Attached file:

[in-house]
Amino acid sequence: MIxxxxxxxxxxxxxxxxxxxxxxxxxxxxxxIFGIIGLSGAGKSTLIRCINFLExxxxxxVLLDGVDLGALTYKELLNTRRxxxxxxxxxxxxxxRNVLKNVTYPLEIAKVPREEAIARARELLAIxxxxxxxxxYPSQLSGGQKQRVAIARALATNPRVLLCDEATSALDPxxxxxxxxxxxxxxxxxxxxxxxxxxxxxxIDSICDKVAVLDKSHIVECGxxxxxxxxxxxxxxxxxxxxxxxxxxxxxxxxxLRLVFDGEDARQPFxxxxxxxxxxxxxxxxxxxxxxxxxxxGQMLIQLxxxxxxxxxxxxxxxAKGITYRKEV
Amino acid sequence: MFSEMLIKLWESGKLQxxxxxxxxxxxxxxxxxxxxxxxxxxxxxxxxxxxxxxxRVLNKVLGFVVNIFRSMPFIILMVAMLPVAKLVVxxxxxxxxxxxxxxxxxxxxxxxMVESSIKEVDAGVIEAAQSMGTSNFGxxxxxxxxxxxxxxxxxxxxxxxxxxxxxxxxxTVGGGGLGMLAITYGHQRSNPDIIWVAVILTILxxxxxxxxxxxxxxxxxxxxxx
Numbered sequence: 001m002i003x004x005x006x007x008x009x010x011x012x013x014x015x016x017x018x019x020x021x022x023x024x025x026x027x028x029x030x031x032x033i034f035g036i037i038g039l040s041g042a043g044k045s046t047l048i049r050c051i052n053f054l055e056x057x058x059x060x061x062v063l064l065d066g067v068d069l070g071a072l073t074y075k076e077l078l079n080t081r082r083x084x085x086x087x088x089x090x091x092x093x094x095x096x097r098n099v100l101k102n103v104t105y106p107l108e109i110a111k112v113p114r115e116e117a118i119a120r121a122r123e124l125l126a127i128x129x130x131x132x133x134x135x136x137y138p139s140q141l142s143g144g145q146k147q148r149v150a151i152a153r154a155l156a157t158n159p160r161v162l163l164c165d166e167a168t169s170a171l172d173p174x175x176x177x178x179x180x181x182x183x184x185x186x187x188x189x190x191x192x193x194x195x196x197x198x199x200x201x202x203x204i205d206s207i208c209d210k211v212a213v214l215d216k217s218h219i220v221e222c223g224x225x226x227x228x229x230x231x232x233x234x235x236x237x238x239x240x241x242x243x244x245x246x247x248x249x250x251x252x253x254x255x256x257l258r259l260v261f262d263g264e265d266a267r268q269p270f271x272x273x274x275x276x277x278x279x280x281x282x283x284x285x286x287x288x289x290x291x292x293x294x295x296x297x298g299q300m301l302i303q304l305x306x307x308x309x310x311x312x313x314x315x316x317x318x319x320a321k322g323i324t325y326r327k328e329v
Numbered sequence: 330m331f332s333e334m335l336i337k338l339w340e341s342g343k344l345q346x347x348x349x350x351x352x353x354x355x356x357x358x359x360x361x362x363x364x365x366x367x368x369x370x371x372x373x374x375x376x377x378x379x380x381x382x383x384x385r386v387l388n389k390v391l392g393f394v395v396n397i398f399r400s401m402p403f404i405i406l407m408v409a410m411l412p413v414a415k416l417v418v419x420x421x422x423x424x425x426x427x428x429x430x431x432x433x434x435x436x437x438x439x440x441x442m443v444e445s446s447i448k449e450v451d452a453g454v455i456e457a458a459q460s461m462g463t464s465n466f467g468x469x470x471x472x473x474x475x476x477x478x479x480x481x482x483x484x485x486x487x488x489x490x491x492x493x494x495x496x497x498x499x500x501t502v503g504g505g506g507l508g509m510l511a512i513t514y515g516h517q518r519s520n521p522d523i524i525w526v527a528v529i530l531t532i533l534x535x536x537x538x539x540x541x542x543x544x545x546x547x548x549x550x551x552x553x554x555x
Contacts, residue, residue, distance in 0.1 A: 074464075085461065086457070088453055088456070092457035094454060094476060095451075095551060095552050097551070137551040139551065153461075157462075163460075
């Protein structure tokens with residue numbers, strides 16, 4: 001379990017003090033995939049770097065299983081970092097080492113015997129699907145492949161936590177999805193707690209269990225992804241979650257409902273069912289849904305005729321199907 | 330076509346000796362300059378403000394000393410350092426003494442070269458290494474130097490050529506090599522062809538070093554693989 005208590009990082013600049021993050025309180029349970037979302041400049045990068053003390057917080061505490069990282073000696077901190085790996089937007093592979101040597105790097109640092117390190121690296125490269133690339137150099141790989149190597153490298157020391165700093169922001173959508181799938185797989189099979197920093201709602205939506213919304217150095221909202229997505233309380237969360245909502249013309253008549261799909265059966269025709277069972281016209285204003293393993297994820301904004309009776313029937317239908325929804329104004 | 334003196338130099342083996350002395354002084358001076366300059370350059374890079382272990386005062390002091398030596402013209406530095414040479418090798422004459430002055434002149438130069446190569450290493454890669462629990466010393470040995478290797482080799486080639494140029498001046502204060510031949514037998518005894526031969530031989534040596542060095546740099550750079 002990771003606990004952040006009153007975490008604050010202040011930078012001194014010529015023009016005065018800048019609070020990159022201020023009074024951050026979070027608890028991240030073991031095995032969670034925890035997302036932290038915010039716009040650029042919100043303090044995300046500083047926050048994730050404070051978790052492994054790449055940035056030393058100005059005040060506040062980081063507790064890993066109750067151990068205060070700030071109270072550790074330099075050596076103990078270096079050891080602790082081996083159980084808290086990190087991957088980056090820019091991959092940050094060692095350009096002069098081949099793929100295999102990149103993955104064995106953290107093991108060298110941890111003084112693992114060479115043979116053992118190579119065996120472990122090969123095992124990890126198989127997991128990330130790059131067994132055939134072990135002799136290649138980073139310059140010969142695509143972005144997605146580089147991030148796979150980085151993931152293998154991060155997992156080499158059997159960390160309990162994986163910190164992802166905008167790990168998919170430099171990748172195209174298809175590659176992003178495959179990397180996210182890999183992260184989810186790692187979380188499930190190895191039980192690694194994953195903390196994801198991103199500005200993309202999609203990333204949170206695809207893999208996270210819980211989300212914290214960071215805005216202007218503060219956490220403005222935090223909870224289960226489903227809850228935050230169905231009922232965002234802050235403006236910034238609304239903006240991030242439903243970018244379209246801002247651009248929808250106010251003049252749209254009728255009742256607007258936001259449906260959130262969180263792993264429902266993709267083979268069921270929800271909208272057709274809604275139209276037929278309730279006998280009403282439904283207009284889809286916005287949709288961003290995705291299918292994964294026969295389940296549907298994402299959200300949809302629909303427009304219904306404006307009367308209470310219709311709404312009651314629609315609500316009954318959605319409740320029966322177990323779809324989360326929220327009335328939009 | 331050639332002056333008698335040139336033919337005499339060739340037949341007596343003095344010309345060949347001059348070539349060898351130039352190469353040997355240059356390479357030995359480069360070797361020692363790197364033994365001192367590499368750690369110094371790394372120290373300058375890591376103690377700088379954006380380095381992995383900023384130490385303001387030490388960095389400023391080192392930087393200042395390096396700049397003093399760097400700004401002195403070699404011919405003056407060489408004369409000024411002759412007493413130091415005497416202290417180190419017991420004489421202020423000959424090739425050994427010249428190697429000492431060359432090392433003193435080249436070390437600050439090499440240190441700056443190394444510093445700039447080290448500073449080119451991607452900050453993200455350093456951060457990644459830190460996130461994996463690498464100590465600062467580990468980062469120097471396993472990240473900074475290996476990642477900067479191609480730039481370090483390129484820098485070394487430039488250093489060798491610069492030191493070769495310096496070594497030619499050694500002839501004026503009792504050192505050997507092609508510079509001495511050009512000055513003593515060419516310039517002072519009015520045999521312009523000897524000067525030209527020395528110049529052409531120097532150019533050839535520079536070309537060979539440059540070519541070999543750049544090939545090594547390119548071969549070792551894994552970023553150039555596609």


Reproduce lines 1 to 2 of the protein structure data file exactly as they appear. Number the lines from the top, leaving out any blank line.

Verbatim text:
[in-house]
Amino acid sequence: MIxxxxxxxxxxxxxxxxxxxxxxxxxxxxxxIFGIIGLSGAGKSTLIRCINFLExxxxxxVLLDGVDLGALTYKELLNTRRxxxxxxxxxxxxxxRNVLKNVTYPLEIAKVPREEAIARARELLAIxxxxxxxxxYPSQLSGGQKQRVAIARALATNPRVLLCDEATSALDPxxxxxxxxxxxxxxxxxxxxxxxxxxxxxxIDSICDKVAVLDKSHIVECGxxxxxxxxxxxxxxxxxxxxxxxxxxxxxxxxxLRLVFDGEDARQPFxxxxxxxxxxxxxxxxxxxxxxxxxxxGQMLIQLxxxxxxxxxxxxxxxAKGITYRKEV